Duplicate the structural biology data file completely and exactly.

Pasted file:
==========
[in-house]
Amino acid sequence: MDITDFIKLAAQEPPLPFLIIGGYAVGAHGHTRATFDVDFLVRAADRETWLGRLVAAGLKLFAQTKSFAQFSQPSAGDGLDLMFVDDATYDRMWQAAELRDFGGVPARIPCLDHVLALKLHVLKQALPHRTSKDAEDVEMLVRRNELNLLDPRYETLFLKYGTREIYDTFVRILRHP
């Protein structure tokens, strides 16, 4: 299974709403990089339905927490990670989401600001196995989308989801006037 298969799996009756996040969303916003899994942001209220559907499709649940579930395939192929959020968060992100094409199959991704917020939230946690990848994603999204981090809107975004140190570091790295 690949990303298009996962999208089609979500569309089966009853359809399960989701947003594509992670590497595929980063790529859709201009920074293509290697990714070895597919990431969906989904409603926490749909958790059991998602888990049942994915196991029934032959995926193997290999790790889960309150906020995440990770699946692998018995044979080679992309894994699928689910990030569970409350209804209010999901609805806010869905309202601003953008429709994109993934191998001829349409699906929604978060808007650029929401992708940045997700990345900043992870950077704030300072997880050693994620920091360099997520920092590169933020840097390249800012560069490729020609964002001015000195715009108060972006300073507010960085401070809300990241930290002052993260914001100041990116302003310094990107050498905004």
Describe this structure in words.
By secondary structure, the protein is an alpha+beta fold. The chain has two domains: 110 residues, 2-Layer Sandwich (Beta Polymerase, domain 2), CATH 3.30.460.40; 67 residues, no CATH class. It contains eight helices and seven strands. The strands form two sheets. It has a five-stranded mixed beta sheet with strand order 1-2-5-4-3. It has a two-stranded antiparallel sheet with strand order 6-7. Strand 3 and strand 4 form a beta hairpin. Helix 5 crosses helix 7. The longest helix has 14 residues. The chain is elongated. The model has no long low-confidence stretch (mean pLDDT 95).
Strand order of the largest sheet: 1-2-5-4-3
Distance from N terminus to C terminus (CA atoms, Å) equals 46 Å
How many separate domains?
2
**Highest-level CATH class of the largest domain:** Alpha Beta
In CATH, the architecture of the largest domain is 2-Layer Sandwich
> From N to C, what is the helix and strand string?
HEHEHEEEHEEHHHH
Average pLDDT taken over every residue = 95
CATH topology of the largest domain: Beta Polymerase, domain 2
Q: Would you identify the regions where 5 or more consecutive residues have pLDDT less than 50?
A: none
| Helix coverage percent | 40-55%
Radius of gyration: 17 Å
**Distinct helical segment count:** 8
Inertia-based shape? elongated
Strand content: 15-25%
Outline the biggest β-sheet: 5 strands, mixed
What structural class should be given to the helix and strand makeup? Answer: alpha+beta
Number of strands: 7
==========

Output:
[in-house]
Amino acid sequence: MDITDFIKLAAQEPPLPFLIIGGYAVGAHGHTRATFDVDFLVRAADRETWLGRLVAAGLKLFAQTKSFAQFSQPSAGDGLDLMFVDDATYDRMWQAAELRDFGGVPARIPCLDHVLALKLHVLKQALPHRTSKDAEDVEMLVRRNELNLLDPRYETLFLKYGTREIYDTFVRILRHP
């Protein structure tokens, strides 16, 4: 299974709403990089339905927490990670989401600001196995989308989801006037 298969799996009756996040969303916003899994942001209220559907499709649940579930395939192929959020968060992100094409199959991704917020939230946690990848994603999204981090809107975004140190570091790295 690949990303298009996962999208089609979500569309089966009853359809399960989701947003594509992670590497595929980063790529859709201009920074293509290697990714070895597919990431969906989904409603926490749909958790059991998602888990049942994915196991029934032959995926193997290999790790889960309150906020995440990770699946692998018995044979080679992309894994699928689910990030569970409350209804209010999901609805806010869905309202601003953008429709994109993934191998001829349409699906929604978060808007650029929401992708940045997700990345900043992870950077704030300072997880050693994620920091360099997520920092590169933020840097390249800012560069490729020609964002001015000195715009108060972006300073507010960085401070809300990241930290002052993260914001100041990116302003310094990107050498905004």
Describe this structure in words.
By secondary structure, the protein is an alpha+beta fold. The chain has two domains: 110 residues, 2-Layer Sandwich (Beta Polymerase, domain 2), CATH 3.30.460.40; 67 residues, no CATH class. It contains eight helices and seven strands. The strands form two sheets. It has a five-stranded mixed beta sheet with strand order 1-2-5-4-3. It has a two-stranded antiparallel sheet with strand order 6-7. Strand 3 and strand 4 form a beta hairpin. Helix 5 crosses helix 7. The longest helix has 14 residues. The chain is elongated. The model has no long low-confidence stretch (mean pLDDT 95).
Strand order of the largest sheet: 1-2-5-4-3
Distance from N terminus to C terminus (CA atoms, Å) equals 46 Å
How many separate domains?
2
**Highest-level CATH class of the largest domain:** Alpha Beta
In CATH, the architecture of the largest domain is 2-Layer Sandwich
> From N to C, what is the helix and strand string?
HEHEHEEEHEEHHHH
Average pLDDT taken over every residue = 95
CATH topology of the largest domain: Beta Polymerase, domain 2
Q: Would you identify the regions where 5 or more consecutive residues have pLDDT less than 50?
A: none
| Helix coverage percent | 40-55%
Radius of gyration: 17 Å
**Distinct helical segment count:** 8
Inertia-based shape? elongated
Strand content: 15-25%
Outline the biggest β-sheet: 5 strands, mixed
What structural class should be given to the helix and strand makeup? Answer: alpha+beta
Number of strands: 7